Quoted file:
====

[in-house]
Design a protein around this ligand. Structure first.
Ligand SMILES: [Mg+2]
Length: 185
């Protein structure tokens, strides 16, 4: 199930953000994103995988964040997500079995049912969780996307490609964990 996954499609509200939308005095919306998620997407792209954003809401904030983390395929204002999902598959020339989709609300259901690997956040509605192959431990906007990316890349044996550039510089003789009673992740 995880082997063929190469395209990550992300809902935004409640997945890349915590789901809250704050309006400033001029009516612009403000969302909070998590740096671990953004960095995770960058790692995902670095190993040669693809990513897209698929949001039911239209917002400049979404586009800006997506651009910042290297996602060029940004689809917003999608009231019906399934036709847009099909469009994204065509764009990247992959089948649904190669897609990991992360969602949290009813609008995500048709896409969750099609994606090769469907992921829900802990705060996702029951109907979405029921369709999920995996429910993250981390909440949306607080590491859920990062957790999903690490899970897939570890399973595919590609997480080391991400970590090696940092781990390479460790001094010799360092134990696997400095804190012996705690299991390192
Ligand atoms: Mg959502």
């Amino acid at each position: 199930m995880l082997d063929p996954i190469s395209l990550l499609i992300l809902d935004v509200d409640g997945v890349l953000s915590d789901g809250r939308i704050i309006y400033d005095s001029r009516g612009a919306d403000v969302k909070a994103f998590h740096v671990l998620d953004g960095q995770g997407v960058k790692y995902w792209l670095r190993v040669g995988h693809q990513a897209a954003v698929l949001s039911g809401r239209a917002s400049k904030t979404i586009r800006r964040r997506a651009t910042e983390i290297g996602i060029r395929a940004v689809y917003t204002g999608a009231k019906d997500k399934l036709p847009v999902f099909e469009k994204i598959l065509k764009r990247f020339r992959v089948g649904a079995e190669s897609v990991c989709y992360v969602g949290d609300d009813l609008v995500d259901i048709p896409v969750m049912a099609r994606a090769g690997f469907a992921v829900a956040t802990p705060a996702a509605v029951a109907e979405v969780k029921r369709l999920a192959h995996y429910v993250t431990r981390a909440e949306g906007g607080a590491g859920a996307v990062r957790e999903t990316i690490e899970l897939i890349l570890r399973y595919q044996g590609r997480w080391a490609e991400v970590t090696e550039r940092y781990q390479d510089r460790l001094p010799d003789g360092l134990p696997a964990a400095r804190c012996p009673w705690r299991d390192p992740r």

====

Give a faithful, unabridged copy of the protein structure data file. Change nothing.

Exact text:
[in-house]
Design a protein around this ligand. Structure first.
Ligand SMILES: [Mg+2]
Length: 185
């Protein structure tokens, strides 16, 4: 199930953000994103995988964040997500079995049912969780996307490609964990 996954499609509200939308005095919306998620997407792209954003809401904030983390395929204002999902598959020339989709609300259901690997956040509605192959431990906007990316890349044996550039510089003789009673992740 995880082997063929190469395209990550992300809902935004409640997945890349915590789901809250704050309006400033001029009516612009403000969302909070998590740096671990953004960095995770960058790692995902670095190993040669693809990513897209698929949001039911239209917002400049979404586009800006997506651009910042290297996602060029940004689809917003999608009231019906399934036709847009099909469009994204065509764009990247992959089948649904190669897609990991992360969602949290009813609008995500048709896409969750099609994606090769469907992921829900802990705060996702029951109907979405029921369709999920995996429910993250981390909440949306607080590491859920990062957790999903690490899970897939570890399973595919590609997480080391991400970590090696940092781990390479460790001094010799360092134990696997400095804190012996705690299991390192
Ligand atoms: Mg959502």
């Amino acid at each position: 199930m995880l082997d063929p996954i190469s395209l990550l499609i992300l809902d935004v509200d409640g997945v890349l953000s915590d789901g809250r939308i704050i309006y400033d005095s001029r009516g612009a919306d403000v969302k909070a994103f998590h740096v671990l998620d953004g960095q995770g997407v960058k790692y995902w792209l670095r190993v040669g995988h693809q990513a897209a954003v698929l949001s039911g809401r239209a917002s400049k904030t979404i586009r800006r964040r997506a651009t910042e983390i290297g996602i060029r395929a940004v689809y917003t204002g999608a009231k019906d997500k399934l036709p847009v999902f099909e469009k994204i598959l065509k764009r990247f020339r992959v089948g649904a079995e190669s897609v990991c989709y992360v969602g949290d609300d009813l609008v995500d259901i048709p896409v969750m049912a099609r994606a090769g690997f469907a992921v829900a956040t802990p705060a996702a509605v029951a109907e979405v969780k029921r369709l999920a192959h995996y429910v993250t431990r981390a909440e949306g906007g607080a590491g859920a996307v990062r957790e999903t990316i690490e899970l897939i890349l570890r399973y595919q044996g590609r997480w080391a490609e991400v970590t090696e550039r940092y781990q390479d510089r460790l001094p010799d003789g360092l134990p696997a964990a400095r804190c012996p009673w705690r299991d390192p992740r």